What other Republican could get away with vowing to raise taxes on hedge fund guys? Little wonder that liberal New York Times columnist Paul Krugman, while no Donald fan, is praising Trump as right on economics and declaring, in light of 5.1 percent unemployment, that the rest of the GOP is wrong.

Not all high-profile conservatives are instinctively opposed to Trump. Laura Ingraham has said Trump is resonating with the GOP base because he says things “no one else is saying,” that “a lot of white middle class voters feel like they have been left behind” and Trump is “channeling that.”

Rush Limbaugh said over the summer that “you've got people on Fox, you have Republican Party establishment types, you've got Republican consultants who are out there now saying things about Trump that will be impossible to walk back. Meaning they're going so overboard in their criticism of Trump right now that if Trump happens to stay in this, and if Trump wins this, these people are not going to be able to just automatically rally, which is what everybody says after the nominee is chosen.”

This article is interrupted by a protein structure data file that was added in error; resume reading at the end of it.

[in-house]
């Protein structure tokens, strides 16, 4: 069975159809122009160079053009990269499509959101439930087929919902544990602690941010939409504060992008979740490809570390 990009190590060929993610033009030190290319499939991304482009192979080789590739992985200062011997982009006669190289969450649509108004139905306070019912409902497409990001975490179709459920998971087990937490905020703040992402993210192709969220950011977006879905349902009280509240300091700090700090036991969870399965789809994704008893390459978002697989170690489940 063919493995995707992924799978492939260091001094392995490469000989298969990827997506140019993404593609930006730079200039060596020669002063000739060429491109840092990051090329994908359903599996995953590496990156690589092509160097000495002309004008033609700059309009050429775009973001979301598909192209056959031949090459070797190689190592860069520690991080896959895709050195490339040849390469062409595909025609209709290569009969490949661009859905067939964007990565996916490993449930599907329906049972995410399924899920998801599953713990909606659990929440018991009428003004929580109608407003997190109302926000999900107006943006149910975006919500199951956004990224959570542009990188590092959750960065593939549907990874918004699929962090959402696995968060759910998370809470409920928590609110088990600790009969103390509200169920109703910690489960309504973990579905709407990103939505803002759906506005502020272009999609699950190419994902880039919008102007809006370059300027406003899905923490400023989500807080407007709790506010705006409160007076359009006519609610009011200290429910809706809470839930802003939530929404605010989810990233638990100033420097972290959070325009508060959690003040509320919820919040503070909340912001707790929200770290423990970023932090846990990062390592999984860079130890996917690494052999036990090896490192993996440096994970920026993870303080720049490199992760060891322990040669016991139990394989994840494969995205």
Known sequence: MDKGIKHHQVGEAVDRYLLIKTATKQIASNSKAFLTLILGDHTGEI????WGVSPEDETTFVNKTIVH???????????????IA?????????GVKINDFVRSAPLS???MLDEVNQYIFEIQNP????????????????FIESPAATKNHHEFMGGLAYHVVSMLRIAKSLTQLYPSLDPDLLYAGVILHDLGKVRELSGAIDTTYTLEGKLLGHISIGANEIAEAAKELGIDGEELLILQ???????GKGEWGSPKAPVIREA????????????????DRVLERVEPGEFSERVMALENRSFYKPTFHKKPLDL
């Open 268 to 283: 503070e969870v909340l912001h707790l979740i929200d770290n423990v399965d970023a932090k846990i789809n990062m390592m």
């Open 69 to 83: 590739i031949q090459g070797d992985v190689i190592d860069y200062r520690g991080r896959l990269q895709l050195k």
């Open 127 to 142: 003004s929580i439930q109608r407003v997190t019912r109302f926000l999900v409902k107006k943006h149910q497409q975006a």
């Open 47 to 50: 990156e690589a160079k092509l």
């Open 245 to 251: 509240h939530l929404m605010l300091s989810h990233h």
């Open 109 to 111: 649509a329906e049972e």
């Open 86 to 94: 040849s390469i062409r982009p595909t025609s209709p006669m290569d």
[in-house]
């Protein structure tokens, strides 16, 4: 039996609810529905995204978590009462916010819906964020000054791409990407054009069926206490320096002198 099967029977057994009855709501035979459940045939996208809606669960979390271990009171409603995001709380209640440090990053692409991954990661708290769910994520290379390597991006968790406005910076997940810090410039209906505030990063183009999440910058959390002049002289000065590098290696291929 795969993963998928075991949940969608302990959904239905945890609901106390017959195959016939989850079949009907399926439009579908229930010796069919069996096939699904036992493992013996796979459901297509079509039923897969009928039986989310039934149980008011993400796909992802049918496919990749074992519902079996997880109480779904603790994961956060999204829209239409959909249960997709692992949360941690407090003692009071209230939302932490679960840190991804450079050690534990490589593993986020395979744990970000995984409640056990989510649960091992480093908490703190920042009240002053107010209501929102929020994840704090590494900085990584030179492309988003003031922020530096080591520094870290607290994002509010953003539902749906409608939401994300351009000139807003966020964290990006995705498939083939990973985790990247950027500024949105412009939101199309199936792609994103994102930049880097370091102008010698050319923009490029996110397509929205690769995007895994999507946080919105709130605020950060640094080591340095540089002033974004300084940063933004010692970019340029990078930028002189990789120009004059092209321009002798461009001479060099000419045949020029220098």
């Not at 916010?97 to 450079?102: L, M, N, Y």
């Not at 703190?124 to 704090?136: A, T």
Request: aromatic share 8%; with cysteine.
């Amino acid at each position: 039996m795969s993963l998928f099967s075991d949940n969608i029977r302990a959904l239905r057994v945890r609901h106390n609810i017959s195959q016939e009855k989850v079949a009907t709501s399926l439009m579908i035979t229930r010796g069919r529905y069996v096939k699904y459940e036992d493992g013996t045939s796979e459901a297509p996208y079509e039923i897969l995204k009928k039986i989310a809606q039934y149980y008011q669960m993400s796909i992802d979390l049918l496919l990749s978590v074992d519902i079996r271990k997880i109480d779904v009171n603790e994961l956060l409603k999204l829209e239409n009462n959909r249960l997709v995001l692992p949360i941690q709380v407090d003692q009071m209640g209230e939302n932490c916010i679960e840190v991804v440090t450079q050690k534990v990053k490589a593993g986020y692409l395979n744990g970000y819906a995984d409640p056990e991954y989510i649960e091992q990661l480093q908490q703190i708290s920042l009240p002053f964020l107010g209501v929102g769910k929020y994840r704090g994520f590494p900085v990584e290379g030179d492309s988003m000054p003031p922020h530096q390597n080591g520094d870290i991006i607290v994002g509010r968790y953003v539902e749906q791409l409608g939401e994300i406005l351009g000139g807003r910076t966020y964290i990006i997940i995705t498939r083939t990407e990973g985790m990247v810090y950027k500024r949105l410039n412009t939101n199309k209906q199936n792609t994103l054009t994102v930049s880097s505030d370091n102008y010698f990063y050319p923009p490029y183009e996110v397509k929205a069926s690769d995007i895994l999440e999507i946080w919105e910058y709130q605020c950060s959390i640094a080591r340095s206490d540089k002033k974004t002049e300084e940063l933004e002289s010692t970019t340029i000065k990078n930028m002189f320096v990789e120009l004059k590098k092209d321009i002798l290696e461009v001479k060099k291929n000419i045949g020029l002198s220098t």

Still, Trump’s detractors on the right aren’t pulling their punches. Syndicated columnist and Fox News contributor Charles Krauthammer is sounding the alarm:

“If you are a conservative alarmed at the country’s direction and committed to retaking the White House, you should be concerned about what Trump’s ascendancy is doing to the chances of that happening.

“The Democrats’ presumptive candidate is flailing badly. Republicans have an unusually talented field with a good chance of winning back the presidency. Do they really want to be dragged into the swamps — right now, on immigration — that will make that prospect electorally impossible?